Are We Sending Aliens The Wrong Musical Cue?

Illustration for article titled Are We Sending Aliens The Wrong Musical Cue?

Following NASA's recent decision to transmit the Beatles' "Across The Universe" into space to celebrate the 40th anniversary of the song, journalist Susan Harlan Borghese is concerned that we made the wrong mix-tape for our extra-terrestrial friends. And it's got nothing to do with the fact that that particular song is one of the Beatles' worst.


Borghese uses math to explain her problem:

[I]t was 30 years ago today (or so) that NASA sent a different dedication to our best alien friends forever in the form of a gold-plated, copper 12-inch long-playing record album, which was affixed to the Voyager 1 spacecraft... The Beatles song is shooting straight toward the North Star, 431 light-years away, at 186,000 miles per second. The Voyager "album," however, won't "drop" on Planet X until the year — well, whatever year it will be when it gets there at a rate of only 38,000 miles per HOUR! Even with its considerable head start, this gold-plated tortoise won't arrive until well after that little warp-speed iTune out of Abbey Road Studios.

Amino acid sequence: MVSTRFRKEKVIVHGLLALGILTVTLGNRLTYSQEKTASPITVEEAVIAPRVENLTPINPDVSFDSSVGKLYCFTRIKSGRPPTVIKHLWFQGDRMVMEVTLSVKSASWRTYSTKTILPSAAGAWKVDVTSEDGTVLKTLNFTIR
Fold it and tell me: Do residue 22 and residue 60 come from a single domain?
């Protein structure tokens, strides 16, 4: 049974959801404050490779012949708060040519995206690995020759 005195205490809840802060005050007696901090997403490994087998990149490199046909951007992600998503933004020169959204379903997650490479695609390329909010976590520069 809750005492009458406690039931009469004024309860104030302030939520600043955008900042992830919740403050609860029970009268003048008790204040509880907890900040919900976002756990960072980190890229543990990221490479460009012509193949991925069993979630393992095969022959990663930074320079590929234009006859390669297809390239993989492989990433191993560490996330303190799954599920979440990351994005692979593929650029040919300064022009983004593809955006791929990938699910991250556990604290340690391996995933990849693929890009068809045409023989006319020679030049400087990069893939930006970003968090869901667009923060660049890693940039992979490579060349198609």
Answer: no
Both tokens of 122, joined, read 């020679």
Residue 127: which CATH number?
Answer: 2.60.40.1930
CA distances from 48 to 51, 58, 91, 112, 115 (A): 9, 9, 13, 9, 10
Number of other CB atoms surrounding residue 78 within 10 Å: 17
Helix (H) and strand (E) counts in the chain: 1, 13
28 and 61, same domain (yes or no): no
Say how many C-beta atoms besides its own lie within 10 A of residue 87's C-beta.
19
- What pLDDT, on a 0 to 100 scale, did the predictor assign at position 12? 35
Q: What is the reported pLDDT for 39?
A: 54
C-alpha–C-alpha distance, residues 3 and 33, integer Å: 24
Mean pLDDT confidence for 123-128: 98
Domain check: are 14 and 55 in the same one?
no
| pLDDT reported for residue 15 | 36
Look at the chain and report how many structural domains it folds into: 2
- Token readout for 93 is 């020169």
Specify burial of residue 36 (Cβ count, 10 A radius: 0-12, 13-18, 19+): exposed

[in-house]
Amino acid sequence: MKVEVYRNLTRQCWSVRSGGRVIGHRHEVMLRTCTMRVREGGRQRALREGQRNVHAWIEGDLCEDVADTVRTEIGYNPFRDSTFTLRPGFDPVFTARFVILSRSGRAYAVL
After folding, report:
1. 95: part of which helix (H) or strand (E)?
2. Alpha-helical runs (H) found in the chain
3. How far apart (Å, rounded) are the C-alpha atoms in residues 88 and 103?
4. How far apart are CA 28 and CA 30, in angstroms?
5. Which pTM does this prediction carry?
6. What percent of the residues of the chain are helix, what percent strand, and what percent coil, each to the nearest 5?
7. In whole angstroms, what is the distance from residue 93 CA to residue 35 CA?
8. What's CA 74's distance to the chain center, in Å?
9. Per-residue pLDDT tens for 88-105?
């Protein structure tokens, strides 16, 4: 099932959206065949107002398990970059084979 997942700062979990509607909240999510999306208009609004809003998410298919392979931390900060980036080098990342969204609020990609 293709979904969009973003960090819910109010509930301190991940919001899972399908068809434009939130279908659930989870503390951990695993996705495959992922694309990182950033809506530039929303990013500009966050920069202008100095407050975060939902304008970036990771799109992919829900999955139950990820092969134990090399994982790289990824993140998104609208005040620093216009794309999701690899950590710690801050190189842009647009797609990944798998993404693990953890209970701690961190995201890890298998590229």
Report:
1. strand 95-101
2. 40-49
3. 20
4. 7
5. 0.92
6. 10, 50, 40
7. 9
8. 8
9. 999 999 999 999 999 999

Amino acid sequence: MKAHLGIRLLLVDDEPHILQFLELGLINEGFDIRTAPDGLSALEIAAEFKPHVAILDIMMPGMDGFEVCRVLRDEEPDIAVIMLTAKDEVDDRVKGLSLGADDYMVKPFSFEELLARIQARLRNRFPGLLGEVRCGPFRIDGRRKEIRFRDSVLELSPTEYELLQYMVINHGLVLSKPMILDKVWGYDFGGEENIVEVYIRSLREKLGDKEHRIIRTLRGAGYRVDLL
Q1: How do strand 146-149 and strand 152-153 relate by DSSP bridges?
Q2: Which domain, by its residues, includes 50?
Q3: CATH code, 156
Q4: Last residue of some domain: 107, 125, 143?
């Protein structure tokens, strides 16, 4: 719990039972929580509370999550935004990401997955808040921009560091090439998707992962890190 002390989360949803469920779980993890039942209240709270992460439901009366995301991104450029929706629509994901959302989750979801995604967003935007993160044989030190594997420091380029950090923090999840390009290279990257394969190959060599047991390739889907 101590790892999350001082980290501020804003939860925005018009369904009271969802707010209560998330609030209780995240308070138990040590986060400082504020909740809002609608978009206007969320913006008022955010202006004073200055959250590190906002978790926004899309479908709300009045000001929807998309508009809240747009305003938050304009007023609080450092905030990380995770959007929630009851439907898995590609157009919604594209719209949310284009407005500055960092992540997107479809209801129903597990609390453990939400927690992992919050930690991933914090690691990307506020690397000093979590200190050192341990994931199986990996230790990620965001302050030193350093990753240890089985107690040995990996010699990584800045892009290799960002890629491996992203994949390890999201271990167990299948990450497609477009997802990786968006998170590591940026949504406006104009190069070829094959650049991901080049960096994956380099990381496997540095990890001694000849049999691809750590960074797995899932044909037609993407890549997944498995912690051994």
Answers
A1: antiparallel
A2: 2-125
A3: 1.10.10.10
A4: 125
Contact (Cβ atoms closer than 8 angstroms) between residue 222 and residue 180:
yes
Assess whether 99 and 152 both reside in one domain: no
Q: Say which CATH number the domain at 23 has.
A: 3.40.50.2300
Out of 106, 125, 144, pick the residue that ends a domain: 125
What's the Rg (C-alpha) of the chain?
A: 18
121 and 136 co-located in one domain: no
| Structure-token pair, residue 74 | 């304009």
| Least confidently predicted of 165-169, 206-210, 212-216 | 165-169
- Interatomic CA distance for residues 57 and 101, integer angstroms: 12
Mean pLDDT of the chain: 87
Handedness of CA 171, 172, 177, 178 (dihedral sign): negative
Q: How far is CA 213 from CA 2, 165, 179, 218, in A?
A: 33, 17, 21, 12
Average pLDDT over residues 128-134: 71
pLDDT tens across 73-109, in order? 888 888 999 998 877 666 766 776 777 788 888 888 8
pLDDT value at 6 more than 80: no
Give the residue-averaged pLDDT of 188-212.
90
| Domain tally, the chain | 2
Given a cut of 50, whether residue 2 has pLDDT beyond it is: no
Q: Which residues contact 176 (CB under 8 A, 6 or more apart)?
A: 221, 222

What will aliens make of our apparent switch from the Fabs to Voyager 1's mix of Chuck Berry, Bach and Beethoven, she wonders? Will they wonder if moptops were replaced by powdered wigs and if vinyl records are superior to digital recordings? Are we accidentally creating an image of humanity as a race of people who read Rolling Stone and relax with a little chamber music of an evening?

Obviously, there's only one thing for it: We have to send Fall-Out Boy into the stars in suspended animation on a very, very slow spaceship. It may not convince aliens that our musical taste has improved, but any way to remove the world of even one emo band should be embraced as tightly as possible. []

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@arachnophilia: I did not know that. Thanks. I have plenty of albums that get a little fuzzy towards the middle and I thought it was my turntable, and now I know. Very interesting.

And yeah. I see the future being mp3s and vinyl. The sooner record stores realize that the sooner they get to keep their physical presence by putting more vinyl in stores.